Online retailer Zalando scares the toys trade
It is alleged that the German shoe and fashion online retailer has already contacted leading toy brands and could be using the Spielwarenmesse, beginning today, for further discussions with suppliers.
The "shoe-ting" star strongly denies the story, so why is everyone getting so hot under the collar?
Eberhard Fuchs, the strident owner of specialist retailer Rofu, claims in an open letter that Zalando is recruiting staff for the autumn and Christmas seasons “in order to cater for its new toys assortment”.
He also calls on the trade for a show of solidarity against the increasing encroachments of online operators who offer rock-bottom prices allegedly with virtually no margin merely in order to gain market share.
Fuchs appeals to suppliers asking them the rhetorical question: Where they believe they will be able to display their products when no specialist retailers are left?
All this is denied by Zalando, which has only dabbled in toys so far with doll brands Käthe Kruse and Sterntaler. “There will be no major offensive in toys over Christmas,” says a company speaker who condemns “unnecessary scaremongering”.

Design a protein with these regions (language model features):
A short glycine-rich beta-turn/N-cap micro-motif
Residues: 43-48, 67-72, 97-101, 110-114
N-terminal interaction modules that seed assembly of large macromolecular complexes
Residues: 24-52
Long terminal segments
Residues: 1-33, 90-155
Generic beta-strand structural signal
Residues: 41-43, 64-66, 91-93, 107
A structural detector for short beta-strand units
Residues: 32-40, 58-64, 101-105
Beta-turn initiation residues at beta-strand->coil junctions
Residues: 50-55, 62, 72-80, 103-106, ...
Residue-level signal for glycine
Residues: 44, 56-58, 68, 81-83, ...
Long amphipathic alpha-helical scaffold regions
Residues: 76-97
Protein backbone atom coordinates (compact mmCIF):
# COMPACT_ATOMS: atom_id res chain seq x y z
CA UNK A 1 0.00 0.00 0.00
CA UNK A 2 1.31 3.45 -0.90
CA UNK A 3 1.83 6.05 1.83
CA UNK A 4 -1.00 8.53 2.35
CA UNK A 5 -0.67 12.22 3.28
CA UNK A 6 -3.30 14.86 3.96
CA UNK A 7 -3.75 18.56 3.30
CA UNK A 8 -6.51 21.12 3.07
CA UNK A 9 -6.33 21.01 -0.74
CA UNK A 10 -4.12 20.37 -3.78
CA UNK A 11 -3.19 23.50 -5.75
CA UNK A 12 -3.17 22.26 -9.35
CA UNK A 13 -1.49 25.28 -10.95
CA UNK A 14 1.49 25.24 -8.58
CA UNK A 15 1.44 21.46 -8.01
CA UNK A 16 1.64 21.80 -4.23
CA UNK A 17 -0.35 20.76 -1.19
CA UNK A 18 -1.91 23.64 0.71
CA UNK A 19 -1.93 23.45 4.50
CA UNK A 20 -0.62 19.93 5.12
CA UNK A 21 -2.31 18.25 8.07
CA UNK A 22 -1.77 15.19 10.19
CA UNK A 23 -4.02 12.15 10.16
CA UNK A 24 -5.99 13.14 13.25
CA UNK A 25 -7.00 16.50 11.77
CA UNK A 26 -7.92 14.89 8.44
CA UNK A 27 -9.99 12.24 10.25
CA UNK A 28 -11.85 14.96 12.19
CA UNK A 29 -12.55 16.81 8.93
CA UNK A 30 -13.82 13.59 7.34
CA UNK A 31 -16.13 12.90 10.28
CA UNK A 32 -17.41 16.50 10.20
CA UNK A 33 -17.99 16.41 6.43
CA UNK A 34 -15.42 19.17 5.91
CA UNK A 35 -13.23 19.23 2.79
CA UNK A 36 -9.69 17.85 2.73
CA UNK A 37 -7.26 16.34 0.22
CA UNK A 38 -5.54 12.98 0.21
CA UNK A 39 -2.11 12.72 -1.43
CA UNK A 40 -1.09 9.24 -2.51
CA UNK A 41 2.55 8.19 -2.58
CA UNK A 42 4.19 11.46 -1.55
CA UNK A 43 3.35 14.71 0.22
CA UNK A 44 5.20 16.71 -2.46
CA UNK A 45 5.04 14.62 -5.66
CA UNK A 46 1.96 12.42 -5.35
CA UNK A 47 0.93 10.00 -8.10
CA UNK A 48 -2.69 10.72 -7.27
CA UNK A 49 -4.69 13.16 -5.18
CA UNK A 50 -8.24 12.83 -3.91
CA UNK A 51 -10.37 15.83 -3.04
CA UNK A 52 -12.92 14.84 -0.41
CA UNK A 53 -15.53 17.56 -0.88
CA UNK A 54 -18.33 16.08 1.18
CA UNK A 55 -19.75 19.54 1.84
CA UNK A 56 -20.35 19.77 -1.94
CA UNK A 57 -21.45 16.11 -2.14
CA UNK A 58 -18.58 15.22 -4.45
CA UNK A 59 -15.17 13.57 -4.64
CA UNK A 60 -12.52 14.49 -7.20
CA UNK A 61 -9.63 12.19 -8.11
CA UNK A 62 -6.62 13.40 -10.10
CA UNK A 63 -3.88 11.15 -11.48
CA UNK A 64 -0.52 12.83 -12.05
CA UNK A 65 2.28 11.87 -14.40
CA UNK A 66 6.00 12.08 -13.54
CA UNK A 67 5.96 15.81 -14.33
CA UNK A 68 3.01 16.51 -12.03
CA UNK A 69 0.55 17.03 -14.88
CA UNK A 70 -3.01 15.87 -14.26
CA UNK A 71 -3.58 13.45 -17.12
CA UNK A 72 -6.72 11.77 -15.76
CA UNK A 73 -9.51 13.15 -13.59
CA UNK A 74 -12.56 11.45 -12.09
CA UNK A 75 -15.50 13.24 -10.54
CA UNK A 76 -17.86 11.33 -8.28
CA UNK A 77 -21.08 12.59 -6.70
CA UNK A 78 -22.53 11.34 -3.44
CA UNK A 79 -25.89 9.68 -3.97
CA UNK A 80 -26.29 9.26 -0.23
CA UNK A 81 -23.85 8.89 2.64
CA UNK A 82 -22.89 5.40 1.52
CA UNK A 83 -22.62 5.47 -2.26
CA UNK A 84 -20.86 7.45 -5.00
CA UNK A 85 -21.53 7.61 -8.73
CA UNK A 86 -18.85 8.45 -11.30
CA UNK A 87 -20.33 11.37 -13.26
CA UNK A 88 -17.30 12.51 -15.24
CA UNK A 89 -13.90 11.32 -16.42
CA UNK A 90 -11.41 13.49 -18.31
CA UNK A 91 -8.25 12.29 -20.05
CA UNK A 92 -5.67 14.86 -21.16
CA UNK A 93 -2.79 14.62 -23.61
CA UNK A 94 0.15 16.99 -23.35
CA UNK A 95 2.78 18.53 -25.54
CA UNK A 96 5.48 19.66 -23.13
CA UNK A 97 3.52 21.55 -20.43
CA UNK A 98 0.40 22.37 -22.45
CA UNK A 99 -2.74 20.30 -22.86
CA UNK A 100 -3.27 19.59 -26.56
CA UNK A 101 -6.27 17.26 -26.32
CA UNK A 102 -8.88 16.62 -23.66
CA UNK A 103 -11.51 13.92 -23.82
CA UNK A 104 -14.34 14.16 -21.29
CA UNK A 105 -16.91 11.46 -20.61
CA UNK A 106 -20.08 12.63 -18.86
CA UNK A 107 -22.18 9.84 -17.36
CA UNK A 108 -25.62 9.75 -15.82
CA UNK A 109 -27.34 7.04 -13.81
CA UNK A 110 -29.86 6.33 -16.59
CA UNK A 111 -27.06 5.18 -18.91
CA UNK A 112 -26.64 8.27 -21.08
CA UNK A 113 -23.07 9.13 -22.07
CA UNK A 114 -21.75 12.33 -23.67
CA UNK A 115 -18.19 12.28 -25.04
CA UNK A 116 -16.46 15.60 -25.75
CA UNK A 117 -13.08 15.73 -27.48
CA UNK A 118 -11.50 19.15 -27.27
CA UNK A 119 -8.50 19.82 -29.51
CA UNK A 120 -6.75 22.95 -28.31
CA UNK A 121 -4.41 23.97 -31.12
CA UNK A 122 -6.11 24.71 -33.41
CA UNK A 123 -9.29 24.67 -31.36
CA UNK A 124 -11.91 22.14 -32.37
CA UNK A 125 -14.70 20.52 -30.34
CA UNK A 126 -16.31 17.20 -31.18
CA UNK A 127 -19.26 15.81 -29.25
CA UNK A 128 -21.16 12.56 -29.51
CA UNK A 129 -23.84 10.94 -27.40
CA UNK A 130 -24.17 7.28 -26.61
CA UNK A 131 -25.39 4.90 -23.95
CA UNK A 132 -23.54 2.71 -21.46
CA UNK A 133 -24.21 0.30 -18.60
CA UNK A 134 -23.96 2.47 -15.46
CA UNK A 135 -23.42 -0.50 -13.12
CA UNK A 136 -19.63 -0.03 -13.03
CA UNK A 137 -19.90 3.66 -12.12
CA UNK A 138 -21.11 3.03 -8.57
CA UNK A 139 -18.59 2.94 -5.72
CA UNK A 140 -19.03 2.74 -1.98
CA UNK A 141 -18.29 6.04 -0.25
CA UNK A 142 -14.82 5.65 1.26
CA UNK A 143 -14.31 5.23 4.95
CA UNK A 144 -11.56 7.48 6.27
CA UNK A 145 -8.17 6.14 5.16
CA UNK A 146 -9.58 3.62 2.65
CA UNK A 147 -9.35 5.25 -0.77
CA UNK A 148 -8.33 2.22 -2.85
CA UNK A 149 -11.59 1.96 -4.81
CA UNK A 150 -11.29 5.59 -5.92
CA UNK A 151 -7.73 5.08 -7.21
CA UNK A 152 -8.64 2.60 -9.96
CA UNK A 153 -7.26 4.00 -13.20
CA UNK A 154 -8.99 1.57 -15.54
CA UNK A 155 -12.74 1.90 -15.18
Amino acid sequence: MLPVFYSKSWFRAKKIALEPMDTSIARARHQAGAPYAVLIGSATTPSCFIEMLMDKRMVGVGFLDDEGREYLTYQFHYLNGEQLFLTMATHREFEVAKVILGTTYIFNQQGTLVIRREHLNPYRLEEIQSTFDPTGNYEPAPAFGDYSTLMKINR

Zalando states that talks with suppliers at the world’s largest trade fair for toys and games merely concerned occasional special items and short “flash” assortments “which don’t rob revenues from retailers”.
However, the dementi hasn’t reduced temperatures or blood pressures. Irrespective of where the truth lies, Zalando continues to polarise the trade. Clearly, most believe that the online giant could successfully diversify into toys, should it wish to do so.
It is equally evident that specialist toy retailers are really worried by the rapid growth of the internet in their segment. Although total German toy sales increased 3 per cent last year to €2.7bn, a quarter was online. This represents a hefty jump of five percentage points from 2011.
The thorn of Müller
Traditional toy retailers are worst hit as they have also been feeling the heat from big multiples such as Toys R Us, and Metro Group hypermarket subsidiary “real,-“.
The worst thorn in their flesh is drug store operator Müller whose big toy offer has stolen up to 30 per cent of local specialist retailer business.
The Ulm-based company has profited from its modern store ambience, clearly structured assortment, and excellent availability. Müller has also successfully meshed its bricks & mortar operations with an attractive online service.
German toy specialists have long essentially been relatively small, family-owned operations. The need to enlarge stores and create multi-channel concepts on a market with sagging margins has caused severe financial strain.
Inevitably, this will lead to further concentration in the segment, regardless of the current hullabaloo about Zalando.
Podcast. Click arrow to listen to an audio version of the text: